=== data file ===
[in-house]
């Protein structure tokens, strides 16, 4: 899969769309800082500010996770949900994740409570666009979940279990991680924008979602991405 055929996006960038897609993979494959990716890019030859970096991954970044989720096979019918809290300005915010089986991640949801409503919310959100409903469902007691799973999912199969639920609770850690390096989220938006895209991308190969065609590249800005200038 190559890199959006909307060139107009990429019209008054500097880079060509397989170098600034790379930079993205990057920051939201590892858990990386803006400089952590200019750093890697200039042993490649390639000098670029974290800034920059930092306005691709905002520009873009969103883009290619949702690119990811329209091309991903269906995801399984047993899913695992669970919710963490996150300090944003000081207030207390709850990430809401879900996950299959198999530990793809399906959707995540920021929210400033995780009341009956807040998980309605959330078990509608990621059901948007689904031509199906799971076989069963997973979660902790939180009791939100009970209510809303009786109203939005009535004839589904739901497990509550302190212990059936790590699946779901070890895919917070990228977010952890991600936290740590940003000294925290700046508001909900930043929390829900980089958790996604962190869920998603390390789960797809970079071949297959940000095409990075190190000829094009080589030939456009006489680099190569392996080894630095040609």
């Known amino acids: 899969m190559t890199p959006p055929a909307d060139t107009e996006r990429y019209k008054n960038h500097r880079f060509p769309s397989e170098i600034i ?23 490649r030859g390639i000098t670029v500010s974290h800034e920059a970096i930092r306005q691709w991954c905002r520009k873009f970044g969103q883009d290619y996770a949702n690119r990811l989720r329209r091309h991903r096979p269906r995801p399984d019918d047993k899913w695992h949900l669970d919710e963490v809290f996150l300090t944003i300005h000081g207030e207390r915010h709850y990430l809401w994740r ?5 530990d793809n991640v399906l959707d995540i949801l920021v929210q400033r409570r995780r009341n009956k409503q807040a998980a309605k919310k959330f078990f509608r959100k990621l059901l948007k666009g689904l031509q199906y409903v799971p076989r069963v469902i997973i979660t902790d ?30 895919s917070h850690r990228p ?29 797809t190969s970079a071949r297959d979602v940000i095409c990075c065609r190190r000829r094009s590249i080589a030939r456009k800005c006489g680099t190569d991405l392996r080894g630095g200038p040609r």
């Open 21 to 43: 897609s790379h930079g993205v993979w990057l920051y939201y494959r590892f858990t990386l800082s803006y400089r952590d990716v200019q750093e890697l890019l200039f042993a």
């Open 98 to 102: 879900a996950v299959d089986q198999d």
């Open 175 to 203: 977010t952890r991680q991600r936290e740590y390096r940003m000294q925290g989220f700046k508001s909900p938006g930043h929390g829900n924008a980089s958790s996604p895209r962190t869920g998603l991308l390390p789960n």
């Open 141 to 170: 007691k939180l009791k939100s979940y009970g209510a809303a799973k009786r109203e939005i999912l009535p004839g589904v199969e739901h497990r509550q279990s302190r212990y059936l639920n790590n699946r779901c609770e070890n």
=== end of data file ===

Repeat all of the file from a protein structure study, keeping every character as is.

[in-house]
């Protein structure tokens, strides 16, 4: 899969769309800082500010996770949900994740409570666009979940279990991680924008979602991405 055929996006960038897609993979494959990716890019030859970096991954970044989720096979019918809290300005915010089986991640949801409503919310959100409903469902007691799973999912199969639920609770850690390096989220938006895209991308190969065609590249800005200038 190559890199959006909307060139107009990429019209008054500097880079060509397989170098600034790379930079993205990057920051939201590892858990990386803006400089952590200019750093890697200039042993490649390639000098670029974290800034920059930092306005691709905002520009873009969103883009290619949702690119990811329209091309991903269906995801399984047993899913695992669970919710963490996150300090944003000081207030207390709850990430809401879900996950299959198999530990793809399906959707995540920021929210400033995780009341009956807040998980309605959330078990509608990621059901948007689904031509199906799971076989069963997973979660902790939180009791939100009970209510809303009786109203939005009535004839589904739901497990509550302190212990059936790590699946779901070890895919917070990228977010952890991600936290740590940003000294925290700046508001909900930043929390829900980089958790996604962190869920998603390390789960797809970079071949297959940000095409990075190190000829094009080589030939456009006489680099190569392996080894630095040609």
């Known amino acids: 899969m190559t890199p959006p055929a909307d060139t107009e996006r990429y019209k008054n960038h500097r880079f060509p769309s397989e170098i600034i ?23 490649r030859g390639i000098t670029v500010s974290h800034e920059a970096i930092r306005q691709w991954c905002r520009k873009f970044g969103q883009d290619y996770a949702n690119r990811l989720r329209r091309h991903r096979p269906r995801p399984d019918d047993k899913w695992h949900l669970d919710e963490v809290f996150l300090t944003i300005h000081g207030e207390r915010h709850y990430l809401w994740r ?5 530990d793809n991640v399906l959707d995540i949801l920021v929210q400033r409570r995780r009341n009956k409503q807040a998980a309605k919310k959330f078990f509608r959100k990621l059901l948007k666009g689904l031509q199906y409903v799971p076989r069963v469902i997973i979660t902790d ?30 895919s917070h850690r990228p ?29 797809t190969s970079a071949r297959d979602v940000i095409c990075c065609r190190r000829r094009s590249i080589a030939r456009k800005c006489g680099t190569d991405l392996r080894g630095g200038p040609r």
């Open 21 to 43: 897609s790379h930079g993205v993979w990057l920051y939201y494959r590892f858990t990386l800082s803006y400089r952590d990716v200019q750093e890697l890019l200039f042993a």
């Open 98 to 102: 879900a996950v299959d089986q198999d």
């Open 175 to 203: 977010t952890r991680q991600r936290e740590y390096r940003m000294q925290g989220f700046k508001s909900p938006g930043h929390g829900n924008a980089s958790s996604p895209r962190t869920g998603l991308l390390p789960n």
């Open 141 to 170: 007691k939180l009791k939100s979940y009970g209510a809303a799973k009786r109203e939005i999912l009535p004839g589904v199969e739901h497990r509550q279990s302190r212990y059936l639920n790590n699946r779901c609770e070890n």